Iliyas Ong chats with Mauro Nastri, Export Manager of Porada, on the Italian furniture brand’s collections, design processes, and its proud tradition of woodworking.
24 March, 2014
Top image: Marrakesh designed by Opera Design
Porada went from exclusively producing chairs to a full-blown furniture company, crafting everything from tables to desks to systems. It was in 1968 that this new identity was born, but the Italian brand never forgot its heritage in high-quality woodworking. Various kinds of woods still figure prominently in Porada’s current collection, which fuses the old and the new to flesh out the firm’s motto of “Live, learn, dream”.
Porada’s Export Manager, Mauro Nastri, was in town recently, and we sat down with him to discuss the brand’s design philosophy, Asian strategy, and if it ever tried to avoid using wood as a material.
Tell us about Porada.
The company is mainly known for woodworking; we pay particular attention to solid wood. We try to give a shape to a function whenever we design a new piece, keep the quality of the material selection, and also keep an eye on the affordability of the pieces. These are not cheap products, but they are made to last in terms of manufacturing and design. These are designs that are never too much influenced by trends. They’re timeless pieces.
Why did Porada change its course in 1968?
The brand went towards the higher end of the market. The company decided to stop sub-contracting business and go on the market with its own brand. That was a big change: a change of name, but the people remained mostly the same.
Can you explain the motto “Live, learn, dream”?
Learn from the past, live in the present, and dream about the future. It’s all linked together, so it’s not about doing something different for the sake of it. It’s an evolution.
Has the brand experimented with materials other than wood?
There was a phase around 30 years ago – maybe 1984 or 1985 – when we tried to only use metal and glass. But after two to three years, we went back to wood. Now, we’re going to introduce burnt oak for a few items. We’re also experimenting with new woods and are considering new grains, veneers and solids – but we’re still in the testing phase.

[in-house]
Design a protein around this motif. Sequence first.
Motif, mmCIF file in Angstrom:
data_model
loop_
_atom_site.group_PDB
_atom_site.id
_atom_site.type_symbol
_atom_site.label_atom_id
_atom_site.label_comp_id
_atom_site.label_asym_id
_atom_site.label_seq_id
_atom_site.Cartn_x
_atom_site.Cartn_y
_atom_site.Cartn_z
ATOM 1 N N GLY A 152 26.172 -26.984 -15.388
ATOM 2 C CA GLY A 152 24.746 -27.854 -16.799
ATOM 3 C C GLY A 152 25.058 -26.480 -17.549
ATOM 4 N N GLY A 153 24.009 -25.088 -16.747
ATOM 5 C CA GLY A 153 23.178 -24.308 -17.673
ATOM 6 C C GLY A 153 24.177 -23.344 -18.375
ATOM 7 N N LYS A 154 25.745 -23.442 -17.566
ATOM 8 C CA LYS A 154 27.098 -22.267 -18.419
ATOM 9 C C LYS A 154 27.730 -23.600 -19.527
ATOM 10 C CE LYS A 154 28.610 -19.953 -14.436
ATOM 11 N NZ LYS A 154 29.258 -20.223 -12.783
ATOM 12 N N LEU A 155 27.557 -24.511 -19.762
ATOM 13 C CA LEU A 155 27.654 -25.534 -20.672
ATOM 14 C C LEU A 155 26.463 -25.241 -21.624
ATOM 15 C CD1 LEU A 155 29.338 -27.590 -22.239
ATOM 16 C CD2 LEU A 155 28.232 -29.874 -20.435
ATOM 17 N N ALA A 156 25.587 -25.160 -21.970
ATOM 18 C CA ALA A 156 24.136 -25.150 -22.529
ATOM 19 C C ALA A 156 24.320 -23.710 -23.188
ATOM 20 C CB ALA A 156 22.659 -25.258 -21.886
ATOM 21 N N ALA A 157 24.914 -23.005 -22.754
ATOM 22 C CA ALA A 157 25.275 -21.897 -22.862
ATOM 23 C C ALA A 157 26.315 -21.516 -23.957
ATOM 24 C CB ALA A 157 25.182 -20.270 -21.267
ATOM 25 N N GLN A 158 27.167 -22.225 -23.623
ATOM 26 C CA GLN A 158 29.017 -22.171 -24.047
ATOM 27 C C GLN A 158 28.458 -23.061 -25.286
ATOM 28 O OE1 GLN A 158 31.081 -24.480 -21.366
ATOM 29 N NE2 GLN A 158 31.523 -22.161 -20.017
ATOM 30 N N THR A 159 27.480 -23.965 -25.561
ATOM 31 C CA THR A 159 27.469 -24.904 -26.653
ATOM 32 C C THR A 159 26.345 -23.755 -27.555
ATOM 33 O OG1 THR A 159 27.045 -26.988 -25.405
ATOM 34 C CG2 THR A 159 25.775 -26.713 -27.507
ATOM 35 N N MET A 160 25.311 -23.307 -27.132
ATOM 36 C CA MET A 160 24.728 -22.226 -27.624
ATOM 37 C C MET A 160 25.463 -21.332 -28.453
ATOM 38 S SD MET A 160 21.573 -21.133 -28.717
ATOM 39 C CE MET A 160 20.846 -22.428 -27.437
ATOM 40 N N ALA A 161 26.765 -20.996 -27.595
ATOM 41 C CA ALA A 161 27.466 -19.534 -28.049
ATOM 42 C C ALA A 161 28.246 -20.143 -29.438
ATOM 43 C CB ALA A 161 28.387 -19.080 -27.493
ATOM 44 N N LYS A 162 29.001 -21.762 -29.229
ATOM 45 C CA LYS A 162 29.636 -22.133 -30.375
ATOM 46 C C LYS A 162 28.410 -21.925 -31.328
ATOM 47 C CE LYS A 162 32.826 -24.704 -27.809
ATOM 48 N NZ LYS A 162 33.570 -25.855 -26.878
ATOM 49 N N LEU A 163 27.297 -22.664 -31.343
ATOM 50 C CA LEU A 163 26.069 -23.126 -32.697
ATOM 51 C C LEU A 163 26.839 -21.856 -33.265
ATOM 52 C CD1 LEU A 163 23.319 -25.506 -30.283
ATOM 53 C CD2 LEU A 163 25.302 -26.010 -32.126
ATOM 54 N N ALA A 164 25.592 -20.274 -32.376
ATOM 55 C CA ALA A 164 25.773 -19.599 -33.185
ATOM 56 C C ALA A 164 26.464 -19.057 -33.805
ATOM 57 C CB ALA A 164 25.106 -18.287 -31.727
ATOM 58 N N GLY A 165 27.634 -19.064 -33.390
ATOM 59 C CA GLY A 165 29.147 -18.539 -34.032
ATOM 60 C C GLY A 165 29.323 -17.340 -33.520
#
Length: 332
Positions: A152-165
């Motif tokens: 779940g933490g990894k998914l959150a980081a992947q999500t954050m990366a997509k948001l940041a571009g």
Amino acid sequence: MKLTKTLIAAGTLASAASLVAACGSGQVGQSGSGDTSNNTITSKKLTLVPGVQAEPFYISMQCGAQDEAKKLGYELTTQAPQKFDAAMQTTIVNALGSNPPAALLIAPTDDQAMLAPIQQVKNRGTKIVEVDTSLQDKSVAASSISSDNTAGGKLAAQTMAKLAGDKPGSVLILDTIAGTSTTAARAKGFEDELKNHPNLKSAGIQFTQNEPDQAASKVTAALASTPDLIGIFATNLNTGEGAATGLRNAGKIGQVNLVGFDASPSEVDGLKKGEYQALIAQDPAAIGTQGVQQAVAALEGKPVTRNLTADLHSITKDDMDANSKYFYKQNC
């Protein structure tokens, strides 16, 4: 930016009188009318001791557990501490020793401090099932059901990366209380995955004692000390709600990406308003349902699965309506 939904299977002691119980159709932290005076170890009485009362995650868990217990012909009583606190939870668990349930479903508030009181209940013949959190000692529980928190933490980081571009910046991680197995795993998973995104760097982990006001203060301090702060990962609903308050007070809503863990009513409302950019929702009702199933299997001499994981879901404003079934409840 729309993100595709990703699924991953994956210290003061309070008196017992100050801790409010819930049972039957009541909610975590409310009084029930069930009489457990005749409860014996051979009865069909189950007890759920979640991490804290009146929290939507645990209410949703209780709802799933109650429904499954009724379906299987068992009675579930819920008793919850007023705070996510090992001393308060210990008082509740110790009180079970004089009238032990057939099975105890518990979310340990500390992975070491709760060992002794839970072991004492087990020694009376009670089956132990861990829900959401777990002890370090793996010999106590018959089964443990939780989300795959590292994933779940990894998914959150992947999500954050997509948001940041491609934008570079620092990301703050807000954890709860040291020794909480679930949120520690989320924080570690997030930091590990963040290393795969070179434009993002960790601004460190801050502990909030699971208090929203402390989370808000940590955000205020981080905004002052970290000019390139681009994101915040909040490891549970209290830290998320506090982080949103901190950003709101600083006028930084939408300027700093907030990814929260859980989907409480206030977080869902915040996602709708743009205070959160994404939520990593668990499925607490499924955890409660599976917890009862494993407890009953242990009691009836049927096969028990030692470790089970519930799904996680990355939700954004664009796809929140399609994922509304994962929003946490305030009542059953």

How do you begin planning for a new collection?
We get feedback from our dealers around the world about what is missing in a collection and what is missing from the market. After we collect the information, we give a brief to designers. For example, three or four years ago we developed a couple of shoe racks when a few dealers announced that need.
What about this year’s collection?
This year we’re going to have a Scandinavian-looking collection, designed by Danish designers such as Hans Jacobsen. We have noticed that this kind of look is well-appreciated by the market, and our know-how in woodworking also comes out better. It’s called the ‘Twist and Turn’ collection.
How do you ensure these designers ‘fit into’ Porada’s identity?
One of the features of our collections is that if you don’t explicitly look out for the designer, you won’t know that the pieces have been done by different designers. That’s an important thing. Porada wants to be Porada, in spite of the designers.
How is Porada approaching the Asian markets?
Apart from China, we have six concentrated showrooms in Asia: in Singapore, Malaysia, Hong Kong, Manila, and Indonesia. We’re starting something in Vietnam, but it’s still early days. We also want to have two flagships, in Tokyo and Beijing, but that’s still in the pipeline.
We like how the Far East thinks. It’s a constant relationship, face-to-face, and if you welcome them, they’ll welcome you. We feel at home. But fitting into a particular market comes by itself. We don’t force it.
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